I personally think you guys are pushing it with your 15 ft control joints. Portland Cement wants to crack every 10 foot. If your ever in dought when sawing, split it. For example 24 foot, yea you could cut at 12 but why chance it split them and cut into 8ft then you have no question about proper joint placement. Just my opinion, homeowners don't like cracks......
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Old 04-02-2010, 06:32 AM   #13
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Re: Joining Two Slabs, Help


With the fiber, mesh, & 4000 psi, your gonna be fine at 17'.

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Old 04-02-2010, 11:59 AM   #14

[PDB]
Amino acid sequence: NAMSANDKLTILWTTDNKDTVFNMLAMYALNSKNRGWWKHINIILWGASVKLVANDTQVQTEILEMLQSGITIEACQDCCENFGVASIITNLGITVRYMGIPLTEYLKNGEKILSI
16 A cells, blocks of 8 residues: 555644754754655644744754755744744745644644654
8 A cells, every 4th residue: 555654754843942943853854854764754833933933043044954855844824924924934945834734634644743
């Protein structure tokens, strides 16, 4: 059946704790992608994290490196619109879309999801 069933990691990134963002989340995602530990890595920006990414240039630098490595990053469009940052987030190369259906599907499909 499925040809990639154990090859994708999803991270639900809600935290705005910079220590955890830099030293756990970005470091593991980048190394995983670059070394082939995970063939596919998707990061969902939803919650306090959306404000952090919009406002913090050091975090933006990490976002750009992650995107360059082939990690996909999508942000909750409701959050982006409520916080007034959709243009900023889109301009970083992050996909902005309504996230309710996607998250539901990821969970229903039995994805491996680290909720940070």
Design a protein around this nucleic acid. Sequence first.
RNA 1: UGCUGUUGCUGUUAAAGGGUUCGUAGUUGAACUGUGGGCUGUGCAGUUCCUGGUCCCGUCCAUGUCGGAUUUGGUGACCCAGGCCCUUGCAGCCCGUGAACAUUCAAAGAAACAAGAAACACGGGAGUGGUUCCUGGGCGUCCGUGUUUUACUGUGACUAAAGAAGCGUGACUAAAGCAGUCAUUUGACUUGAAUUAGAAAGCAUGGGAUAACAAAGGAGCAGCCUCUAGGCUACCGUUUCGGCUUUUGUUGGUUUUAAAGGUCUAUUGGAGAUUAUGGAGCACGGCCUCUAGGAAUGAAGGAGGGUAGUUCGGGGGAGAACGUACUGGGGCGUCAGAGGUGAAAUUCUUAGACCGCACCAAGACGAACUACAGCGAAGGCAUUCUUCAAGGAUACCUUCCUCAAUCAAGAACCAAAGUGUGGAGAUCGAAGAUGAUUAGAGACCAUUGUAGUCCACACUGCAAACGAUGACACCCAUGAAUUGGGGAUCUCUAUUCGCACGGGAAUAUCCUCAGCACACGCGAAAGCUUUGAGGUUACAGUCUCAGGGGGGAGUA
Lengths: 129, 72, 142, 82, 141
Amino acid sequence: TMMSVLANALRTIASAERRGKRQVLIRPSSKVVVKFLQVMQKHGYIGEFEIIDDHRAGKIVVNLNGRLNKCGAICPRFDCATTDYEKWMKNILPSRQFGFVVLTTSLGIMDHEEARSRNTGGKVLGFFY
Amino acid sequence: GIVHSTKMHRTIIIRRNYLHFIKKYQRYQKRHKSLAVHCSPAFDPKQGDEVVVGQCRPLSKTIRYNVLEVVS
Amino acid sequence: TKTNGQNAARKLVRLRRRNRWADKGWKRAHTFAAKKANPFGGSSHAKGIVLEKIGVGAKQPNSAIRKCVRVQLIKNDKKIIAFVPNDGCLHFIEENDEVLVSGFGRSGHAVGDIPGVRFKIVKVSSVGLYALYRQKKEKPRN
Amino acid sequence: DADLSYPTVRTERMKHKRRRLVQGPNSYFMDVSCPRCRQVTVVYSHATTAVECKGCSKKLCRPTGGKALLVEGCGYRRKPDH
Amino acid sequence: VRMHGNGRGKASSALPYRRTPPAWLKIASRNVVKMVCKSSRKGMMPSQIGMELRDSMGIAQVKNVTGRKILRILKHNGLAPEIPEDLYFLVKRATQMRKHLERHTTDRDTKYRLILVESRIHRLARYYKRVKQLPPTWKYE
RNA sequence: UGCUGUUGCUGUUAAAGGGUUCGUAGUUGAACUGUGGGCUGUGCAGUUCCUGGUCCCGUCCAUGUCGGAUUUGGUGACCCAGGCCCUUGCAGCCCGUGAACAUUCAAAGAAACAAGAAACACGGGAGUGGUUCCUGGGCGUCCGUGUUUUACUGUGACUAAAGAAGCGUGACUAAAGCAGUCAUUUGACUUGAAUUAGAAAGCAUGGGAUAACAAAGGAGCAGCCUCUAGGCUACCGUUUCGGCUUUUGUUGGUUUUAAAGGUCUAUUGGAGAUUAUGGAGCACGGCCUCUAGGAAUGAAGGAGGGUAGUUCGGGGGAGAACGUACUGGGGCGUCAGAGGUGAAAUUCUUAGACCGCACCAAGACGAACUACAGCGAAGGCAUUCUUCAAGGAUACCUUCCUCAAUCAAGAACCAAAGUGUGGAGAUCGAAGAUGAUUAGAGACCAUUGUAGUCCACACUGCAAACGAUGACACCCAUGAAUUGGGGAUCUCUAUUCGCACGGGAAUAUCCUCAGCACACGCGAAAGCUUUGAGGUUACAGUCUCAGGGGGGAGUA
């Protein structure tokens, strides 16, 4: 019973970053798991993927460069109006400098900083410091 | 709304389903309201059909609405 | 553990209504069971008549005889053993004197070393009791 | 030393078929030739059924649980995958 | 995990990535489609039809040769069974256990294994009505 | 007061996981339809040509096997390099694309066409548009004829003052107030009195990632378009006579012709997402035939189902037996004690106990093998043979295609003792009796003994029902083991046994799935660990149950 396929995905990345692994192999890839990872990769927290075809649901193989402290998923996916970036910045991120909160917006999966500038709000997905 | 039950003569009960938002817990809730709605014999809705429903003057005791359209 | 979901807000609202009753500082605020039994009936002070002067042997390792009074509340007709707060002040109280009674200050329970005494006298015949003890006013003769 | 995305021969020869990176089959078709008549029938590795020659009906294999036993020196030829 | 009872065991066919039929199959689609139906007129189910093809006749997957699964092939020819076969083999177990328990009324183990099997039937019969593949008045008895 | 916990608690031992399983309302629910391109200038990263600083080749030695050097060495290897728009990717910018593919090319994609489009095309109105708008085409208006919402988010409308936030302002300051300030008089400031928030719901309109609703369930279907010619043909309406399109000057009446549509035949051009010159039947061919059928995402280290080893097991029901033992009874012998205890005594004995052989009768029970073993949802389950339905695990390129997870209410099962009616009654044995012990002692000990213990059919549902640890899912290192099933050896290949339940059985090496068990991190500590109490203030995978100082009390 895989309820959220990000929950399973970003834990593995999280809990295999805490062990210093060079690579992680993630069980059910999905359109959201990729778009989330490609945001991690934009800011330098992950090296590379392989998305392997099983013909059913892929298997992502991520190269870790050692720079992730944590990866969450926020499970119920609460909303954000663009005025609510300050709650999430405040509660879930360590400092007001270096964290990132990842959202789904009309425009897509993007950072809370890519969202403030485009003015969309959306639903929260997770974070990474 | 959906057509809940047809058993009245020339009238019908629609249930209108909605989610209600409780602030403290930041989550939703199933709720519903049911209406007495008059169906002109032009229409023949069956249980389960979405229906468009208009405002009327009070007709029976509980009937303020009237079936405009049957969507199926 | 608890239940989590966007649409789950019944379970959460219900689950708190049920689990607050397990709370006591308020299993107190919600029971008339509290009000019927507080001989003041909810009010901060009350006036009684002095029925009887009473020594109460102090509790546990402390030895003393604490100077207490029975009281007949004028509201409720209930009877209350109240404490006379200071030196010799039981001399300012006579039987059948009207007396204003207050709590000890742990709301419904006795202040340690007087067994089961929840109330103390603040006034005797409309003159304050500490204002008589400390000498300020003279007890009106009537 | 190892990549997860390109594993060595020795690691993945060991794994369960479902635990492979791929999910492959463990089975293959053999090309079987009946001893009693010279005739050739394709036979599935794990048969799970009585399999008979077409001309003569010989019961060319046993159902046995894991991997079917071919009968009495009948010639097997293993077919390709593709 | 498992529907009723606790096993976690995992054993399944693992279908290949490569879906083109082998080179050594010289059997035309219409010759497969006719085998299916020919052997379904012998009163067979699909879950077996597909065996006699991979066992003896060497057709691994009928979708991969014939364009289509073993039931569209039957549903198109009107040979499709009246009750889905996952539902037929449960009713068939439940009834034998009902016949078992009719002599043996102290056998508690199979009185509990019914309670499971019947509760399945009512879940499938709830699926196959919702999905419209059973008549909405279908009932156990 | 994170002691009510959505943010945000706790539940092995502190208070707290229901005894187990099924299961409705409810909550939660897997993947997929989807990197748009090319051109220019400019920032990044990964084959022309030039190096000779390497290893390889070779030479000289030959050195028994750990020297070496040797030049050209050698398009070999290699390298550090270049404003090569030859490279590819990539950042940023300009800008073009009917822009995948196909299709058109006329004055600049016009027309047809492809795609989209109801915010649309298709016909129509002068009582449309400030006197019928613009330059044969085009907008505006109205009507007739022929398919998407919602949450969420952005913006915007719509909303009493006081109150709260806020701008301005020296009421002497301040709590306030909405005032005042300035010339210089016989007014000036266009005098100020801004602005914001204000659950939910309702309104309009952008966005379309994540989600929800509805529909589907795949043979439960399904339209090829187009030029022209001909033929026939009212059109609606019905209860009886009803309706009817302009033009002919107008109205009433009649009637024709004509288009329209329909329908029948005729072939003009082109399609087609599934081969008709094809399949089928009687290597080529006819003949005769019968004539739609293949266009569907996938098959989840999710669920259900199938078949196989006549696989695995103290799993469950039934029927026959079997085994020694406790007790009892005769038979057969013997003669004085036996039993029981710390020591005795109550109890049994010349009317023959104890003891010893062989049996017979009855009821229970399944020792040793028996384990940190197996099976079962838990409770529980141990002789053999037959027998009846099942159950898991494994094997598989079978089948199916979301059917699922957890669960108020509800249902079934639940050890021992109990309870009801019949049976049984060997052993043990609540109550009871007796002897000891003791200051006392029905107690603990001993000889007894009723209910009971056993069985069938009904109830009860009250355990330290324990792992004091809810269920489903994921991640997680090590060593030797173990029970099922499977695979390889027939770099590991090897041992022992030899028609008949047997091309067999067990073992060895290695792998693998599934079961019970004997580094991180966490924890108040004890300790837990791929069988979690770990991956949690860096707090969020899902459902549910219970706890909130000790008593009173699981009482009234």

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Re: Joining Two Slabs, Help


Sorry I just totally disagree with you. 17 f
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Old 04-02-2010, 12:00 PM   #15
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Re: Joining Two Slabs, Help


17ft is just way to much
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Old 04-02-2010, 05:58 PM   #16
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Re: Joining Two Slabs, Help


Quote:
Originally Posted by beretta13 View Post
17ft is just way to much

Agreed, I'd stick to 10-12' to play it safe. Being his own property, it may not matter as much to him. With extremely slow & wet curing, you could probably get by with the 17' inside, but not with 80 degree weather.